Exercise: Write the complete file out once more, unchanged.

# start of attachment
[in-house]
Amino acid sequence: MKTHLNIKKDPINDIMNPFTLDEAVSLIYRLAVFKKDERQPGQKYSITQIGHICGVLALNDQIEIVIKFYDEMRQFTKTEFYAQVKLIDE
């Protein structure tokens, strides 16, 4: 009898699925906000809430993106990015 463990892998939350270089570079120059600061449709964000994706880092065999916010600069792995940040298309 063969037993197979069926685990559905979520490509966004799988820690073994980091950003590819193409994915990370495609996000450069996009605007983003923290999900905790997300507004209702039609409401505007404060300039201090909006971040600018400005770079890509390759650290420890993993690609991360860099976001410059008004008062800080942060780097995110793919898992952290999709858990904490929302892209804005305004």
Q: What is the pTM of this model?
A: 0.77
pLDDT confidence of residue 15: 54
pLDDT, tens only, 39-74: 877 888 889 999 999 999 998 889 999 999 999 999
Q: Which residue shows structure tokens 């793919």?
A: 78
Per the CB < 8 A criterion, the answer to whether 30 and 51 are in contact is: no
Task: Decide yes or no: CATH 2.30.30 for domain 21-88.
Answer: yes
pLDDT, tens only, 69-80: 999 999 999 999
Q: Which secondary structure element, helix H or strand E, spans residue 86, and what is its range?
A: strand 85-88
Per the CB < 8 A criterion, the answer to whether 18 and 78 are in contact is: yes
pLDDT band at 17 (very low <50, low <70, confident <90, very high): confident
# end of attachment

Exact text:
[in-house]
Amino acid sequence: MKTHLNIKKDPINDIMNPFTLDEAVSLIYRLAVFKKDERQPGQKYSITQIGHICGVLALNDQIEIVIKFYDEMRQFTKTEFYAQVKLIDE
């Protein structure tokens, strides 16, 4: 009898699925906000809430993106990015 463990892998939350270089570079120059600061449709964000994706880092065999916010600069792995940040298309 063969037993197979069926685990559905979520490509966004799988820690073994980091950003590819193409994915990370495609996000450069996009605007983003923290999900905790997300507004209702039609409401505007404060300039201090909006971040600018400005770079890509390759650290420890993993690609991360860099976001410059008004008062800080942060780097995110793919898992952290999709858990904490929302892209804005305004």
Q: What is the pTM of this model?
A: 0.77
pLDDT confidence of residue 15: 54
pLDDT, tens only, 39-74: 877 888 889 999 999 999 998 889 999 999 999 999
Q: Which residue shows structure tokens 């793919």?
A: 78
Per the CB < 8 A criterion, the answer to whether 30 and 51 are in contact is: no
Task: Decide yes or no: CATH 2.30.30 for domain 21-88.
Answer: yes
pLDDT, tens only, 69-80: 999 999 999 999
Q: Which secondary structure element, helix H or strand E, spans residue 86, and what is its range?
A: strand 85-88
Per the CB < 8 A criterion, the answer to whether 18 and 78 are in contact is: yes
pLDDT band at 17 (very low <50, low <70, confident <90, very high): confident